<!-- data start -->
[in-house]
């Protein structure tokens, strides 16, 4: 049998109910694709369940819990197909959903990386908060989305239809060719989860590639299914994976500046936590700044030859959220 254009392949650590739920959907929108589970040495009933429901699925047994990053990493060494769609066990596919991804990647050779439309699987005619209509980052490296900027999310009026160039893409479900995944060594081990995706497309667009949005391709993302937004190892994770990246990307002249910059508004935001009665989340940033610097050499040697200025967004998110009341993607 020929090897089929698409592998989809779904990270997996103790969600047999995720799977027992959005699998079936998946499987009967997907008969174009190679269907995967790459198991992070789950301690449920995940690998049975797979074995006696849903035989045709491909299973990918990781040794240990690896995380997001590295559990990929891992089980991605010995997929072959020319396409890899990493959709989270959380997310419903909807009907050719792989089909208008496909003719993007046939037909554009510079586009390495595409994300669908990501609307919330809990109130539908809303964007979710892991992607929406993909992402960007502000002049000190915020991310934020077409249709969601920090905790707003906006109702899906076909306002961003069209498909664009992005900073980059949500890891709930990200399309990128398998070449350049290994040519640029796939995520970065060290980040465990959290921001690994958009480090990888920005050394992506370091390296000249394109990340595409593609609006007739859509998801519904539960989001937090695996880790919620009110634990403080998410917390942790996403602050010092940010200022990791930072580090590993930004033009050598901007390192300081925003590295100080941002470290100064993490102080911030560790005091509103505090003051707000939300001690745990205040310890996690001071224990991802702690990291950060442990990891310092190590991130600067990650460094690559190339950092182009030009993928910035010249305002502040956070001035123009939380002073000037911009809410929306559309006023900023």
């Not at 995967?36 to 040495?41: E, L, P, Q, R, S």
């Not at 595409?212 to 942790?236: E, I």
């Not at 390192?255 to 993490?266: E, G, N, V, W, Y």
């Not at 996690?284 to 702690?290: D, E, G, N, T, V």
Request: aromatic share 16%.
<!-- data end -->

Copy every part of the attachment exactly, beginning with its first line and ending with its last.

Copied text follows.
[in-house]
């Protein structure tokens, strides 16, 4: 049998109910694709369940819990197909959903990386908060989305239809060719989860590639299914994976500046936590700044030859959220 254009392949650590739920959907929108589970040495009933429901699925047994990053990493060494769609066990596919991804990647050779439309699987005619209509980052490296900027999310009026160039893409479900995944060594081990995706497309667009949005391709993302937004190892994770990246990307002249910059508004935001009665989340940033610097050499040697200025967004998110009341993607 020929090897089929698409592998989809779904990270997996103790969600047999995720799977027992959005699998079936998946499987009967997907008969174009190679269907995967790459198991992070789950301690449920995940690998049975797979074995006696849903035989045709491909299973990918990781040794240990690896995380997001590295559990990929891992089980991605010995997929072959020319396409890899990493959709989270959380997310419903909807009907050719792989089909208008496909003719993007046939037909554009510079586009390495595409994300669908990501609307919330809990109130539908809303964007979710892991992607929406993909992402960007502000002049000190915020991310934020077409249709969601920090905790707003906006109702899906076909306002961003069209498909664009992005900073980059949500890891709930990200399309990128398998070449350049290994040519640029796939995520970065060290980040465990959290921001690994958009480090990888920005050394992506370091390296000249394109990340595409593609609006007739859509998801519904539960989001937090695996880790919620009110634990403080998410917390942790996403602050010092940010200022990791930072580090590993930004033009050598901007390192300081925003590295100080941002470290100064993490102080911030560790005091509103505090003051707000939300001690745990205040310890996690001071224990991802702690990291950060442990990891310092190590991130600067990650460094690559190339950092182009030009993928910035010249305002502040956070001035123009939380002073000037911009809410929306559309006023900023």
């Not at 995967?36 to 040495?41: E, L, P, Q, R, S």
């Not at 595409?212 to 942790?236: E, I």
């Not at 390192?255 to 993490?266: E, G, N, V, W, Y």
């Not at 996690?284 to 702690?290: D, E, G, N, T, V």
Request: aromatic share 16%.